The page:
Facing high rents and limited on- and off-campus room availability, many U.S. college and university students are reporting difficulty securing housing for the fall term.
Two-year colleges, state lawmakers, and community organizations are ramping up their efforts to provide affordable housing for students experiencing or at risk for homelessness.
A new report shows the pandemic’s impact on college students’ food and housing struggles, finding that 58 percent of students experienced basic needs insecurity in fall 2020.
Seeking to support each other at a time of great strain, students at colleges and universities across the nation are launching mutual aid networks to pool resources and rapidly distribute them to peers in need.
Nearly 60 percent of college students surveyed by The Hope Center for College, Community, and Justice said they experienced basic needs insecurity during the early weeks of the COVID-19 pandemic, according to a new report.
A new report explores basic needs insecurity among student-athletes—challenges that have intensified since COVID-19 removed students from their campuses, meal plans, and training tables.
Data collection remains a challenge, with most marginalized students hardest to reach.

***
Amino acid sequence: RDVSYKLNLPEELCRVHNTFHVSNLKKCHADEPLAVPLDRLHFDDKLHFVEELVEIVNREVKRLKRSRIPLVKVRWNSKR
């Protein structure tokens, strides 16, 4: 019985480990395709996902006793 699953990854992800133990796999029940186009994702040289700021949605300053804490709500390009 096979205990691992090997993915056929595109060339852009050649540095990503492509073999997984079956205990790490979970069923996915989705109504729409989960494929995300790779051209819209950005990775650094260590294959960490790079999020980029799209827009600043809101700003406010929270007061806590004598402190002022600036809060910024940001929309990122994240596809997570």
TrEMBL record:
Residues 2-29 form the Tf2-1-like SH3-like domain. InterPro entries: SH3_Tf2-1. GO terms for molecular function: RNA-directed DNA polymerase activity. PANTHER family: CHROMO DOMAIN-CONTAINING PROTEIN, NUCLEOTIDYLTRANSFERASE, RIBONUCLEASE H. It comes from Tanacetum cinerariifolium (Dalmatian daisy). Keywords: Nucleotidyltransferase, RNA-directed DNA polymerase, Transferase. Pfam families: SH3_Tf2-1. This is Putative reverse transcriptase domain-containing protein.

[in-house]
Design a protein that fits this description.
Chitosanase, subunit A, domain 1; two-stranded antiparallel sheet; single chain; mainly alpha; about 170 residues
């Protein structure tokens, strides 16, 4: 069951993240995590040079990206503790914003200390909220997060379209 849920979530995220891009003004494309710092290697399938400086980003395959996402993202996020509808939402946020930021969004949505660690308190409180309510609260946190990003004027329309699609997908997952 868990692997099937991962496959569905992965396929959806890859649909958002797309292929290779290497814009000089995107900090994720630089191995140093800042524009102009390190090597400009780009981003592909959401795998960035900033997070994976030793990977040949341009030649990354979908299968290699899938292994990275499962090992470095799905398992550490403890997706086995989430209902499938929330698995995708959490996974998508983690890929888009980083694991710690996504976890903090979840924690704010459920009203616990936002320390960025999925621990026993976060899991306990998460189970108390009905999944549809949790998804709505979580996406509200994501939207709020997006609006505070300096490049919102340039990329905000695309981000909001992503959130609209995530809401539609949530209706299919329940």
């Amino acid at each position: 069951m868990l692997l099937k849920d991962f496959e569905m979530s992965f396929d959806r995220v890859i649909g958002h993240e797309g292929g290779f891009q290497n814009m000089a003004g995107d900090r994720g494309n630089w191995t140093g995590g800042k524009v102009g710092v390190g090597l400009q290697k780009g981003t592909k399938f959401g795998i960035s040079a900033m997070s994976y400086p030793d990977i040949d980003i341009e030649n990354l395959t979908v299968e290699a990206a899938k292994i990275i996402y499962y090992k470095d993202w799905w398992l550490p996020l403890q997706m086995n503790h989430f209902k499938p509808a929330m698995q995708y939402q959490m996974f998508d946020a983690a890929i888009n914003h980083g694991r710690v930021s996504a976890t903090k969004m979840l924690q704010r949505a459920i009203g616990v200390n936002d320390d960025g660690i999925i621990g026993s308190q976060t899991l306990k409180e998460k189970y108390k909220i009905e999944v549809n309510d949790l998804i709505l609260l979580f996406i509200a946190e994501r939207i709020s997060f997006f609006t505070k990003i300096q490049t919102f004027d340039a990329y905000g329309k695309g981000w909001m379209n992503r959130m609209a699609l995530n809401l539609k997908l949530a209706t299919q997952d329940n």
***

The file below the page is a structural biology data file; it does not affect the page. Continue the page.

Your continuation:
Around 500 college administrators and faculty recently gathered in Houston to share strategies for addressing food and housing insecurity. Here are five takeaways.
Developers say they’re offering much-needed housing, but others are questioning the implications for low-income students whose long commutes make it difficult to fully engage in college life.
Lawmakers hope that standardized data will help clarify just how many college students are food or housing insecure—the first step toward getting students fed and graduated.
A growing number of state governments are acknowledging the widespread food and housing insecurity on college campuses and taking steps to help.
Catering to a new generation of value-conscious college students, the latest wave of student housing developments are designed with an eye toward academic success, collaboration, and digital convenience.